Wellcome Trust Sanger Institute, Hinxton, Cambridge, United Kingdom.

    When selection is acting on a large genetically diverse population, beneficial alleles increase in frequency. This fact can be used to map quantitative trait loci by sequencing the pooled DNA from the population at consecutive time points and observing allele frequency changes. Here, we present a population genetic method to analyze time series data of allele frequencies from such an experiment. Beginning with a range of proposed evolutionary scenarios, the method measures the consistency of each with the observed frequency changes. Evolutionary theory is utilized to formulate equations of motion for the allele frequencies, following which likelihoods for having observed the sequencing data under each scenario are derived. Comparison of these likelihoods gives an insight into the prevailing dynamics of the system under study. We illustrate the method by quantifying selective effects from an experiment, in which two phenotypically different yeast strains were first crossed and then propagated under heat stress (Parts L, Cubillos FA, Warringer J, et al. [14 co-authors]. 2011. Revealing the genetic structure of a trait by sequencing a population under selection. Genome Res). From these data, we discover that about 6% of polymorphic sites evolve nonneutrally under heat stress conditions, either because of their linkage to beneficial (driver) alleles or because they are drivers themselves. We further identify 44 genomic regions containing one or more candidate driver alleles, quantify their apparent selective advantage, obtain estimates of recombination rates within the regions, and show that the dynamics of the drivers display a strong signature of selection going beyond additive models. Our approach is applicable to study adaptation in a range of systems under different evolutionary pressures.

    Funded by: Wellcome Trust: 098051, WT077192/Z/05/Z

    Molecular biology and evolution 2012;29;4;1187-97

  • A method to infer positive selection from marker dynamics in an asexual population.

    Illingworth CJ and Mustonen V

    Wellcome Trust Sanger Institute, Hinxton, Cambridge CB10 1SA, UK.

    Motivation: The observation of positive selection acting on a mutant indicates that the corresponding mutation has some form of functional relevance. Determining the fitness effects of mutations thus has relevance to many interesting biological questions. One means of identifying beneficial mutations in an asexual population is to observe changes in the frequency of marked subsets of the population. We here describe a method to estimate the establishment times and fitnesses of beneficial mutations from neutral marker frequency data.

    Results: The method accurately reproduces complex marker frequency trajectories. In simulations for which positive selection is close to 5% per generation, we obtain correlations upwards of 0.91 between correct and inferred haplotype establishment times. Where mutation selection coefficients are exponentially distributed, the inferred distribution of haplotype fitnesses is close to being correct. Applied to data from a bacterial evolution experiment, our method reproduces an observed correlation between evolvability and initial fitness defect.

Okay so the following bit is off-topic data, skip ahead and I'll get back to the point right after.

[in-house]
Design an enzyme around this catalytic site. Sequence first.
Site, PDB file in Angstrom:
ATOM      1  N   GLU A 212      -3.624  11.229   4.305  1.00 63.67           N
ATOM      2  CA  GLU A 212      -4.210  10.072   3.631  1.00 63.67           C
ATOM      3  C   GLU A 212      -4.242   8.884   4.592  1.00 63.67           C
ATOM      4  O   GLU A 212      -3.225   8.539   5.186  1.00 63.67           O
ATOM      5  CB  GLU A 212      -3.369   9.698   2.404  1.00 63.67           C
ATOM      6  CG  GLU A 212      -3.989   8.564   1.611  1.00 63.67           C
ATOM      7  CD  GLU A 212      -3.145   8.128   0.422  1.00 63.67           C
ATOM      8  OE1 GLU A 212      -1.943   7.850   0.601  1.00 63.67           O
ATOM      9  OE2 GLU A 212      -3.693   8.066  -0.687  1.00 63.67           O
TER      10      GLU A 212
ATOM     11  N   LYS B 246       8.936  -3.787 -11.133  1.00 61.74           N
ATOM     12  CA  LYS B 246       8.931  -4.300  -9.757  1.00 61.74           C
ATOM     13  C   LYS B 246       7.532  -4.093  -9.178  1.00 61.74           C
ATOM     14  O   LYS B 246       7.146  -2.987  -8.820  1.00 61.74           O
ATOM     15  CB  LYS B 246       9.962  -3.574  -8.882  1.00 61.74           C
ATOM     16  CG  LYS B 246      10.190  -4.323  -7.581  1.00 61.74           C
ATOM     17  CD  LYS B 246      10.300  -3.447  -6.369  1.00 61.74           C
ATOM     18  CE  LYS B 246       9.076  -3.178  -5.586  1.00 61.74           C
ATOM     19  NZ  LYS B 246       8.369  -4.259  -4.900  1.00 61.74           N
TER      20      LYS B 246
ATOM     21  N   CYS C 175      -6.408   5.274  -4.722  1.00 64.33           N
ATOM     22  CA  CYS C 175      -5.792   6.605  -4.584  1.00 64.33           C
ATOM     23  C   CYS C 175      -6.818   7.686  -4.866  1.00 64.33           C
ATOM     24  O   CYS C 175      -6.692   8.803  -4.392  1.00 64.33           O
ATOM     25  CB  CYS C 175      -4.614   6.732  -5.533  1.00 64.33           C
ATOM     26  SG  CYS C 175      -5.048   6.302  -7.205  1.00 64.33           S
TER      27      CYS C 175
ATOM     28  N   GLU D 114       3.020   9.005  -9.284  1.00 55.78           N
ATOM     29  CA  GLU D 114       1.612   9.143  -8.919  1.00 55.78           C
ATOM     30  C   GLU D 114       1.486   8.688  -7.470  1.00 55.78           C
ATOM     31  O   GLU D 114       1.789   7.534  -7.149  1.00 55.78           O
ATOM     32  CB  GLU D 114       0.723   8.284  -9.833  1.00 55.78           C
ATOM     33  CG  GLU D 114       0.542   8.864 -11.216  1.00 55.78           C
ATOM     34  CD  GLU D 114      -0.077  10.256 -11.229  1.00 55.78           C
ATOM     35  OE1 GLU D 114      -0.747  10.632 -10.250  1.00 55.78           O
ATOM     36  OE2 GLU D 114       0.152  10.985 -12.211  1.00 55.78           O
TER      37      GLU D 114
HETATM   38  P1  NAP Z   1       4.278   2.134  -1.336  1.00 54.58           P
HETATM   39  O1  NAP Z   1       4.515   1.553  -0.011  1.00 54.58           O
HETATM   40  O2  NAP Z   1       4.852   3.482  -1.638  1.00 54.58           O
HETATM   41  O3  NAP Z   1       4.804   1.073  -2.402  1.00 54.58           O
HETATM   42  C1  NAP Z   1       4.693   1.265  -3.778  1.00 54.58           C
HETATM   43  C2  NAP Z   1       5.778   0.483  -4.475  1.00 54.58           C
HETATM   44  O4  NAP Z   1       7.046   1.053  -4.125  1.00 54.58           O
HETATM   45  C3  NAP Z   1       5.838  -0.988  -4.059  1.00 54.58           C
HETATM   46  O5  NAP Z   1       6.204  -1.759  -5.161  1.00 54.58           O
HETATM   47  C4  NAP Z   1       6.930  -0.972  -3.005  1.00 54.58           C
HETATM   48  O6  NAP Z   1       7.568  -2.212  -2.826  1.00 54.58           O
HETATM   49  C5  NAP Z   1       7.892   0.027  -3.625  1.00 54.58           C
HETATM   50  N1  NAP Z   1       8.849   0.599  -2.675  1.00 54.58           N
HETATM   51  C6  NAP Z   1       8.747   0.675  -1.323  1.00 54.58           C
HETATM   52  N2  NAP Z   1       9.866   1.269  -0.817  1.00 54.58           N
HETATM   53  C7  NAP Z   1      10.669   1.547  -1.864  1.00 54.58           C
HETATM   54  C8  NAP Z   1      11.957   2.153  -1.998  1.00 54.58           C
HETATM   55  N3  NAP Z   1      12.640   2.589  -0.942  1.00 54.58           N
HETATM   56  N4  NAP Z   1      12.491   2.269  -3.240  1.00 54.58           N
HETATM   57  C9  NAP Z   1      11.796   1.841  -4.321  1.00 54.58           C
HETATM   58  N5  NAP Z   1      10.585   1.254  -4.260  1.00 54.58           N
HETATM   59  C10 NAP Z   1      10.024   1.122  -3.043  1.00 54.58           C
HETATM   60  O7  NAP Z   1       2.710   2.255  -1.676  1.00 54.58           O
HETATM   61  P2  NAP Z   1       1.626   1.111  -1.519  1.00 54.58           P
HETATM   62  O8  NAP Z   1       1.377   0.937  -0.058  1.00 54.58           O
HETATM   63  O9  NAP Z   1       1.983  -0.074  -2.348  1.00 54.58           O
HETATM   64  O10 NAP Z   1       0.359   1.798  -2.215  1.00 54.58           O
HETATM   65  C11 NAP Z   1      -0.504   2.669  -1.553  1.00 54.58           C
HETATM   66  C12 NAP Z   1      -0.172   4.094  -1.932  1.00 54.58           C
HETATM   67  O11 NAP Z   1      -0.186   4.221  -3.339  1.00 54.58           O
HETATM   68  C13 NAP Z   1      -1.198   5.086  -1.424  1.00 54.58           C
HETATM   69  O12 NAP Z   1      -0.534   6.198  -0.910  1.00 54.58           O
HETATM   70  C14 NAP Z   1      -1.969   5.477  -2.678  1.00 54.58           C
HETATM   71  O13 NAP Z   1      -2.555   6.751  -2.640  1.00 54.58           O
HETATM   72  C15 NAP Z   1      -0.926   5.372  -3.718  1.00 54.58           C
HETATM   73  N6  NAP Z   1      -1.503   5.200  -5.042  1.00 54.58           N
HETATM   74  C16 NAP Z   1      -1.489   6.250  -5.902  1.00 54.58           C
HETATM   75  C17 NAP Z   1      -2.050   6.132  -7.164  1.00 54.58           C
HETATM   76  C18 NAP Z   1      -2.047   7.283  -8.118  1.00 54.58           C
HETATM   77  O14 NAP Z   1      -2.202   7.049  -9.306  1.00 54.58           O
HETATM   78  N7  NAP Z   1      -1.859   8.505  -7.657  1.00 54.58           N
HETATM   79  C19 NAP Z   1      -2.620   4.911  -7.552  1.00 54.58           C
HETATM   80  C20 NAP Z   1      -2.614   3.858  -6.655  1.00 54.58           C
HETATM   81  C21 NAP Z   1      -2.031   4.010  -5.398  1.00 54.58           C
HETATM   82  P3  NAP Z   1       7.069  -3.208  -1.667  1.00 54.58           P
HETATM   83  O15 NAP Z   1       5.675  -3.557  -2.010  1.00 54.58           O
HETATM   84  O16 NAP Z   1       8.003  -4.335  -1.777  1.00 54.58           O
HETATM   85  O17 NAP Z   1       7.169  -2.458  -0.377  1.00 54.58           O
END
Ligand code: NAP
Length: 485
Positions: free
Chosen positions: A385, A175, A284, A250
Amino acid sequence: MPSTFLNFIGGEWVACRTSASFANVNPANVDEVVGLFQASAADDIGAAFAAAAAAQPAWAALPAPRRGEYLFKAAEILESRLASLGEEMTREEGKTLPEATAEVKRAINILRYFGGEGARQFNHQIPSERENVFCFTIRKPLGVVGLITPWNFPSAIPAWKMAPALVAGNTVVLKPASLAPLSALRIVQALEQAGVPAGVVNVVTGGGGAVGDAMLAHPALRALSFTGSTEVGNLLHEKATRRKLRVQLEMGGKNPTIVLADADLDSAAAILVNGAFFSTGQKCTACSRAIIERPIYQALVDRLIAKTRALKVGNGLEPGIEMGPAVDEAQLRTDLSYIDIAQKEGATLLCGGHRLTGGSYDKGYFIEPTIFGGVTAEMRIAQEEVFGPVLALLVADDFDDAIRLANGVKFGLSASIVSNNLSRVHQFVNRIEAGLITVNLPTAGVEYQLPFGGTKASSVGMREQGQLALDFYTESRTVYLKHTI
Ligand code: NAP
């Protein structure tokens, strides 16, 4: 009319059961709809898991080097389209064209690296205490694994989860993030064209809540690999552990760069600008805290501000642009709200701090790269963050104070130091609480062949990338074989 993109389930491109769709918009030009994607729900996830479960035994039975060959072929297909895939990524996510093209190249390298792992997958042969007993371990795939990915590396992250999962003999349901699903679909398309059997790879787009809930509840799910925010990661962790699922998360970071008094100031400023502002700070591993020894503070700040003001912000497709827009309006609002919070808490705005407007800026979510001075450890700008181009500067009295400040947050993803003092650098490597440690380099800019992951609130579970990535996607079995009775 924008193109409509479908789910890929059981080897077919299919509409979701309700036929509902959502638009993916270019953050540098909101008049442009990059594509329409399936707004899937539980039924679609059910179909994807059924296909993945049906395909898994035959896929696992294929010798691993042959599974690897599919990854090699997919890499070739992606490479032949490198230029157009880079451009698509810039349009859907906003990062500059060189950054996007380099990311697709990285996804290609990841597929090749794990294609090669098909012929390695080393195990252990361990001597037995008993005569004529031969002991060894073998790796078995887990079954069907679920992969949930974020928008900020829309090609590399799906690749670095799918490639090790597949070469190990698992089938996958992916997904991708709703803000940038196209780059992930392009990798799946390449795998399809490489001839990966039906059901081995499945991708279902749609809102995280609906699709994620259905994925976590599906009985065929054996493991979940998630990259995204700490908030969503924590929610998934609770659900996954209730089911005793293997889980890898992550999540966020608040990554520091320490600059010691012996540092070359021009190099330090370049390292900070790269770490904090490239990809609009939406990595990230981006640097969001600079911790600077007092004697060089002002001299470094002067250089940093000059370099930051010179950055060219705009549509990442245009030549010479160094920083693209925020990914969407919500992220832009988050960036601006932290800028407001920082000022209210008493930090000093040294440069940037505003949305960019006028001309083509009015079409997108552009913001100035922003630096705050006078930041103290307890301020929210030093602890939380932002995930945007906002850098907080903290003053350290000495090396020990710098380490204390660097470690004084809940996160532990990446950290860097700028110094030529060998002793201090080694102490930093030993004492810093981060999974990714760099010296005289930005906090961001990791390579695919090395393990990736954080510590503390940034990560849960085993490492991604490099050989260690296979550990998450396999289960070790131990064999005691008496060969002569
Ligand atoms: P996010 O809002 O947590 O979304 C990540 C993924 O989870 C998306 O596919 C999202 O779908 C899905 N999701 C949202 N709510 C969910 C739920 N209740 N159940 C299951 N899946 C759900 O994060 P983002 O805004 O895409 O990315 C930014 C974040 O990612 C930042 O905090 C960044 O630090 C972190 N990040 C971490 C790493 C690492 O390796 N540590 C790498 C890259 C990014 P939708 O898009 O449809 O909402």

Funded by: Wellcome Trust: 098051

    Bioinformatics (Oxford, England) 2012;28;6;831-7

  • Distinguishing driver and passenger mutations in an evolutionary history categorized by interference.

    Illingworth CJ and Mustonen V

    Wellcome Trust Sanger Institute, Wellcome Trust Genome Campus, Hinxton, Cambridge CB10 1SA, United Kingdom.

    In many biological scenarios, from the development of drug resistance in pathogens to the progression of healthy cells toward cancer, quantifying the selection acting on observed mutations is a central question. One difficulty in answering this question is the complexity of the background upon which mutations can arise, with multiple potential interactions between genetic loci. We here present a method for discerning selection from a population history that accounts for interference between mutations. Given sequences sampled from multiple time points in the history of a population, we infer selection at each locus by maximizing a likelihood function derived from a multilocus evolution model. We apply the method to the question of distinguishing between loci where new mutations are under positive selection (drivers) and loci that emit neutral mutations (passengers) in a Wright-Fisher model of evolution. Relative to an otherwise equivalent method in which the genetic background of mutations was ignored, our method inferred selection coefficients more accurately for both driver mutations evolving under clonal interference and passenger mutations reaching fixation in the population through genetic drift or hitchhiking. In a population history recorded by 750 sets of sequences of 100 individuals taken at intervals of 100 generations, a set of 50 loci were divided into drivers and passengers with a mean accuracy of >0.95 across a range of numbers of driver loci. The potential application of our model, either in full or in part, to a range of biological systems, is discussed.

    Funded by: Wellcome Trust: 091747

    Genetics 2011;189;3;989-1000

* quick link - http://q.sanger.ac.uk/molphen